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PSNI recruitment freeze during exam cheating probe

By Deborah McAleese

Published 02/09/2016

PSNI Chief Constable George Hamilton at yesterday’s Policing Board meeting
PSNI Chief Constable George Hamilton at yesterday’s Policing Board meeting
Board member Gerry Kelly
Board member Nichola Mallon

Police recruitment has been suspended until at least December to allow for a probe into cheating at the PSNI training college.

Chief Constable George Hamilton told the Policing Board yesterday that three planned intakes of student officers have been frozen until the completion of an independent review of the examination process and the culture within the policing college at Garnerville.

The review was ordered after the Belfast Telegraph revealed in June that 54 student officers had been caught cheating in their police examinations and ordered to restart training. Test questions were shared among students ahead of assessment.

Planned intakes of new student officers this month, as well as October and November have been put on hold. A provisional date in December has been set aside for the next intake.

Mr Hamilton told the Policing Board he acknowledged that there was a practice within the Police College earlier this year "that gave us some cause for concern".

He said that some students "went a step too far" when they attempted to memorise exam questions so they could share them with colleagues who had to resit the tests.

"Some would say that was good team work. That to me doesn't hold any water," Mr Hamilton added. Student officers caught up in the cheating scandal were ordered back to week one of training and issued with written warnings under the student officer misconduct procedures.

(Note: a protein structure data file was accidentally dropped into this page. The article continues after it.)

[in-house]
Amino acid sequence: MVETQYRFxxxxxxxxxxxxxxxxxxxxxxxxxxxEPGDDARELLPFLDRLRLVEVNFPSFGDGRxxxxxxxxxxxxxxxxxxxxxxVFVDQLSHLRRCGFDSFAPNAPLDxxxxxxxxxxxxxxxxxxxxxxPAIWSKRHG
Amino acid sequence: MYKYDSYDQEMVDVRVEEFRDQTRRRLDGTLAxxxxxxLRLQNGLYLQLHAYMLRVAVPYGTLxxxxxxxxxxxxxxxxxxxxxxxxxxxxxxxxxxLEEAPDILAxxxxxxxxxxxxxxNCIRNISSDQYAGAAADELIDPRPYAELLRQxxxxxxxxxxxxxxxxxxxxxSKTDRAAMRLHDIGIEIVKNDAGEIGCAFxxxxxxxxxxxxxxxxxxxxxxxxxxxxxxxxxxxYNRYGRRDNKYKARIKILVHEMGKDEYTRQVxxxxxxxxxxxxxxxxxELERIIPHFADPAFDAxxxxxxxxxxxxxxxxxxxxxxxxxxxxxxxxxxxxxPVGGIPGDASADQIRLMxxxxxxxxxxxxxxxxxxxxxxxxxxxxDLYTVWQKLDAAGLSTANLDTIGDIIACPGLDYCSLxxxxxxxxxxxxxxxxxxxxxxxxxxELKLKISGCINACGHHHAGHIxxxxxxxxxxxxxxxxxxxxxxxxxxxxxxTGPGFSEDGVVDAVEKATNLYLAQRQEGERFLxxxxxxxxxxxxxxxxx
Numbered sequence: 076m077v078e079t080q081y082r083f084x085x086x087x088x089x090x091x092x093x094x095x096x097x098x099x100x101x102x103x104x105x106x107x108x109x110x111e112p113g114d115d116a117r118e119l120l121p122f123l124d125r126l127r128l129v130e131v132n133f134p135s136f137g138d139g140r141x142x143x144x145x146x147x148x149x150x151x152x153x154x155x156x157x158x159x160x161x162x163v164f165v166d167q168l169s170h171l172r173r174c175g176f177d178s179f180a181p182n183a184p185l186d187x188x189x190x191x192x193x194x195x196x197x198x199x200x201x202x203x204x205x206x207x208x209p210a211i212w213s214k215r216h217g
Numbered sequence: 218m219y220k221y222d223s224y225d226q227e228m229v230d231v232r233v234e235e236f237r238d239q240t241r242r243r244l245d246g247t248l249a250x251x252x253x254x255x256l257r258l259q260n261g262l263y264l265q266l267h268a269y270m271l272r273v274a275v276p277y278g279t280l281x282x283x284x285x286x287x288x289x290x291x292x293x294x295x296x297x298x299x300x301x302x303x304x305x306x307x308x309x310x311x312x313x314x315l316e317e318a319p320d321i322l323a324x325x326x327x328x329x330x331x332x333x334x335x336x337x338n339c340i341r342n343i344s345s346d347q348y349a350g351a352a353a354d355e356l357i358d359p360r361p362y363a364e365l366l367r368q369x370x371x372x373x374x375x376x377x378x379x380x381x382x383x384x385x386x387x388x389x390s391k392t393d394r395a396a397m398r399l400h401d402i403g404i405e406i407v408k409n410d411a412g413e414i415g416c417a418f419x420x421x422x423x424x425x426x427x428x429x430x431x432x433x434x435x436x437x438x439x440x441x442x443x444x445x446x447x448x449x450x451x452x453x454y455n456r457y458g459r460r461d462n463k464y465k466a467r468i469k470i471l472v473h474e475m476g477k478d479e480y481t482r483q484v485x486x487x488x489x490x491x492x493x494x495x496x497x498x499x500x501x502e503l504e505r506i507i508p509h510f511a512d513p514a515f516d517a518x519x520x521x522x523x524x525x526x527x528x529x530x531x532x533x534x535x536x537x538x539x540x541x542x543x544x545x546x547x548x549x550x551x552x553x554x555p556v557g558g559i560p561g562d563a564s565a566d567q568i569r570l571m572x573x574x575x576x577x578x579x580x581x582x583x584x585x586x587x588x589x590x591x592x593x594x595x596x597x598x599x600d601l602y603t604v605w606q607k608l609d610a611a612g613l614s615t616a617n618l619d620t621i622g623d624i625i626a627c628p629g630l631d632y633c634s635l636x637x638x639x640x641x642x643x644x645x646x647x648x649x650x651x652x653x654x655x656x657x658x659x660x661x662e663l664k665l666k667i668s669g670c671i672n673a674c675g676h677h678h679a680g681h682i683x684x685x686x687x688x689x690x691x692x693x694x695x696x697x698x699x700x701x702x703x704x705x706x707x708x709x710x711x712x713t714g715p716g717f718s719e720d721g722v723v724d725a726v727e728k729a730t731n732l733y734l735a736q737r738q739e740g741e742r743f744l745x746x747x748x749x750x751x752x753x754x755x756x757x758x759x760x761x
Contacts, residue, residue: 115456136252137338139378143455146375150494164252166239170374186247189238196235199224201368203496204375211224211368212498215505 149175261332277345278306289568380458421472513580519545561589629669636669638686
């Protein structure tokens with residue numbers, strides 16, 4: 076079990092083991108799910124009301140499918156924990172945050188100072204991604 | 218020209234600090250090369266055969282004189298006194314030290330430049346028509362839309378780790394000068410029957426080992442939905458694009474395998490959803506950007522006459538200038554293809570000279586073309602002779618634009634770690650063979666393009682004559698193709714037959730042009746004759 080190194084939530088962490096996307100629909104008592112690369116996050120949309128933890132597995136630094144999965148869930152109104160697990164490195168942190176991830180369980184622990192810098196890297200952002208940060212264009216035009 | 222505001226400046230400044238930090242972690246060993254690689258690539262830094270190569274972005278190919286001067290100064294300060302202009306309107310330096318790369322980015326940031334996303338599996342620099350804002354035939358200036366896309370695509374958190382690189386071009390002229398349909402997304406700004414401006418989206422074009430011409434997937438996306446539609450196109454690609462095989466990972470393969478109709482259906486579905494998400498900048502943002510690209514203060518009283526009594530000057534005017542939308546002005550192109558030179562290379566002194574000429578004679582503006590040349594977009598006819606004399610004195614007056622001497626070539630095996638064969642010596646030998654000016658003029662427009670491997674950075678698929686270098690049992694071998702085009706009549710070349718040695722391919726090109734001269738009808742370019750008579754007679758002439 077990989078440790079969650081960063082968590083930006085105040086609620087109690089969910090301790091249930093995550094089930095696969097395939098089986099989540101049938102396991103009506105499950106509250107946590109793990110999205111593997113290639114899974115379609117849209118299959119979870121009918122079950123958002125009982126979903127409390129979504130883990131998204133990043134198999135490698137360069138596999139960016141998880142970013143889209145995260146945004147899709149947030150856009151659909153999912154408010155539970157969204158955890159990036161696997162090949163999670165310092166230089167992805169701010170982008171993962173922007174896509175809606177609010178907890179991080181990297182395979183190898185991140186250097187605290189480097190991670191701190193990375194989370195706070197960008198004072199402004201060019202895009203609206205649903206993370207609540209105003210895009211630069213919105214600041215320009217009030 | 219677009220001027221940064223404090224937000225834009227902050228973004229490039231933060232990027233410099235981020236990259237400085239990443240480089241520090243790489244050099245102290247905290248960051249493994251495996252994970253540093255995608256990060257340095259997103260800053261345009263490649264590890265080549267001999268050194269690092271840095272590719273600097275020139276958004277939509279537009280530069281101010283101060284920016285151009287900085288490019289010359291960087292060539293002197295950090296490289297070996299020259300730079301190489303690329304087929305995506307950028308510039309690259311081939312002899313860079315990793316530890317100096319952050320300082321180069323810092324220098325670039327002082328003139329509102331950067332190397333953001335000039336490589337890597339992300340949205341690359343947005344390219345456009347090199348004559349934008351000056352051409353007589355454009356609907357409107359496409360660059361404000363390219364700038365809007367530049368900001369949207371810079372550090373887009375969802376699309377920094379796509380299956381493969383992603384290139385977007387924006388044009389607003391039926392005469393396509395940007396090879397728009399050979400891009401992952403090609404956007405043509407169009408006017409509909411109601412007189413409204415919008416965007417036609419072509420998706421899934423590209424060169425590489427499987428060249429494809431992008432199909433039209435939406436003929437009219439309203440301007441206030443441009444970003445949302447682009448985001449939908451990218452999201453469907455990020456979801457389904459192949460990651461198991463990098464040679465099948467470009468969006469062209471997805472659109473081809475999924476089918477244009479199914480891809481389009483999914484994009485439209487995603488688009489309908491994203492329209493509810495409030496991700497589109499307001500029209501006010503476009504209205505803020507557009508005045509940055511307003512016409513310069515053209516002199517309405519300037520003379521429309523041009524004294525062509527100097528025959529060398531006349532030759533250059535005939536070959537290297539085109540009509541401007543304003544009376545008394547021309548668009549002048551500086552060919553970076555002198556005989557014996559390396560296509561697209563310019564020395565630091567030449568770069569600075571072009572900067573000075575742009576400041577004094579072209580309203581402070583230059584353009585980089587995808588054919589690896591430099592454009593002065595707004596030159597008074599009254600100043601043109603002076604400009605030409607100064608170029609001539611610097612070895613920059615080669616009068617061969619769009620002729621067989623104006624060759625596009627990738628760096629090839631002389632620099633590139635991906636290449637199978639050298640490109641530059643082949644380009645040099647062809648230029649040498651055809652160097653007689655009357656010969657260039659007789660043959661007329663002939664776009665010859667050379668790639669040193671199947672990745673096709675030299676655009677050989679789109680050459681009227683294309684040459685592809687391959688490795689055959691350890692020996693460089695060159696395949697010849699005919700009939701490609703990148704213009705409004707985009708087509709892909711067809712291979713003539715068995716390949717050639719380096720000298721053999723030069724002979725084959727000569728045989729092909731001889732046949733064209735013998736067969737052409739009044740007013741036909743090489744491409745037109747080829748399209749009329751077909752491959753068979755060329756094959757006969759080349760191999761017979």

Some members of the Policing Board had criticised the sanctions for being "too lenient". Mr Hamilton told board members at yesterday's public meeting that the recruits involved had "expressed regret."

He said a five-week review was being carried out by the head of police training in Scotland and that the report would be presented to the board by the end of the month.

"The review is to look at the validity of the exam process, content of the course and the culture within the college. We have taken the decision not to bring further student officers into the college until we get the outcome of the review."

The Chief Constable insisted that he had "every confidence in the quality of people we are recruiting, assessing and graduating." "That's not blind wishful thinking, but what I've seen," he said. The cheating scandal was uncovered following a complaint from a whistleblower just hours before a squad of student officers were due to graduate from the training college.

The PSNI training which the students were caught cheating in is accredited by the Ulster University, which means student officers are both students of the Police College and the UU.

Although the university is very strict on cheating, disciplinary action in this case was left up to the PSNI.

Belfast Telegraph

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